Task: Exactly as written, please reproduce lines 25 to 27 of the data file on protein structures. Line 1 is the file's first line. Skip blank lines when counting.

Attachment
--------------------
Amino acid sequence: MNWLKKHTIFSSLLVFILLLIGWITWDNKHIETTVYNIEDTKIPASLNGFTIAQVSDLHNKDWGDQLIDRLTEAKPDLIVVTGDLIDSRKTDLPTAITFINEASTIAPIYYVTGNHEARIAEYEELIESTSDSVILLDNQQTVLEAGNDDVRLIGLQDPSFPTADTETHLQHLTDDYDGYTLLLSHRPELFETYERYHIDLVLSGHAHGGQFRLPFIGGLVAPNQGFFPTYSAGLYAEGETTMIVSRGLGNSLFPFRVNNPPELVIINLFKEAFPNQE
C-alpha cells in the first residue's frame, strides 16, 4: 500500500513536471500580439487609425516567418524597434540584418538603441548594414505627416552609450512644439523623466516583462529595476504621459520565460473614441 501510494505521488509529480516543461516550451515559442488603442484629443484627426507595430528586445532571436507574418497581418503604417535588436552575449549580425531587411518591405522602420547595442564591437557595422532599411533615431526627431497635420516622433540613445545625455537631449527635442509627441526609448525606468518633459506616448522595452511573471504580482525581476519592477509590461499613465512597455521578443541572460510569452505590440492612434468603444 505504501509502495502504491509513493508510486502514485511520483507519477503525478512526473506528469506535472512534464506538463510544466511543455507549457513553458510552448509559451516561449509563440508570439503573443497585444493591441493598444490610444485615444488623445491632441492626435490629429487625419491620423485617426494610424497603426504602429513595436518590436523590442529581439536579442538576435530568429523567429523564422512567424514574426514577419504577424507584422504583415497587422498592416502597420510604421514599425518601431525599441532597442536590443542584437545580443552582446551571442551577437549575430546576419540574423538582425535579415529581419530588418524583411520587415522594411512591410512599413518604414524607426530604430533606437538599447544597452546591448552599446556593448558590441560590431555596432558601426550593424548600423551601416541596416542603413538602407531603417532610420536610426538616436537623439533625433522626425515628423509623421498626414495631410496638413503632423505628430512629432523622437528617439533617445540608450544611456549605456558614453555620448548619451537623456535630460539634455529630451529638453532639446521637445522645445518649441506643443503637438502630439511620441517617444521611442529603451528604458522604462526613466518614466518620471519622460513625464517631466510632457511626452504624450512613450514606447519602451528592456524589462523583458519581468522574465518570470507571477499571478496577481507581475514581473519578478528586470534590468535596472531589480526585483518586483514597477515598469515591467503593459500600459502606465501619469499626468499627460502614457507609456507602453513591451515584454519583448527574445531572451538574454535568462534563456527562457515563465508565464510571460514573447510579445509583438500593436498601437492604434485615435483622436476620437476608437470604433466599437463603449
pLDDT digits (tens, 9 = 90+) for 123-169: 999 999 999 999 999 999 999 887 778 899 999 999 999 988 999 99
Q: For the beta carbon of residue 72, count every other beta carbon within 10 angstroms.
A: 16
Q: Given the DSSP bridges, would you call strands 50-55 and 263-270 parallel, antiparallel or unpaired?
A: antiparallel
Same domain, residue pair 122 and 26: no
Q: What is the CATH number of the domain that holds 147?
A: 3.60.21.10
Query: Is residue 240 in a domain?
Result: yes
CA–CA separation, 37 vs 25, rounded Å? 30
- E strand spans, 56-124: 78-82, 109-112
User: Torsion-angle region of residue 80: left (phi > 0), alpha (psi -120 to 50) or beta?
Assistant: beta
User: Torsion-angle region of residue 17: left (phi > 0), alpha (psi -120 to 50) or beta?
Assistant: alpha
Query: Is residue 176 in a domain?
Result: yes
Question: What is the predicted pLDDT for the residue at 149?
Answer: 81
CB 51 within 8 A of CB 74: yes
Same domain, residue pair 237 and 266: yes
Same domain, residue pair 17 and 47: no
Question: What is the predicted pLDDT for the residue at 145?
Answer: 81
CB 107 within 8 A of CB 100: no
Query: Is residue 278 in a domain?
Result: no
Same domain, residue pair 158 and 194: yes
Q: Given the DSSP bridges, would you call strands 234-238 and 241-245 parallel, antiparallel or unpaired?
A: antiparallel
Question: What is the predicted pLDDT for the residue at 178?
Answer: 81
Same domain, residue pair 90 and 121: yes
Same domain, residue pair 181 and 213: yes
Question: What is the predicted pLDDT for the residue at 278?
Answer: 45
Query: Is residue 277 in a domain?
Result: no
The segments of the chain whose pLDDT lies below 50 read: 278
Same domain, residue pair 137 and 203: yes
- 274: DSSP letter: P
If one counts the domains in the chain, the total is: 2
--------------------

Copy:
Same domain, residue pair 17 and 47: no
Question: What is the predicted pLDDT for the residue at 145?
Answer: 81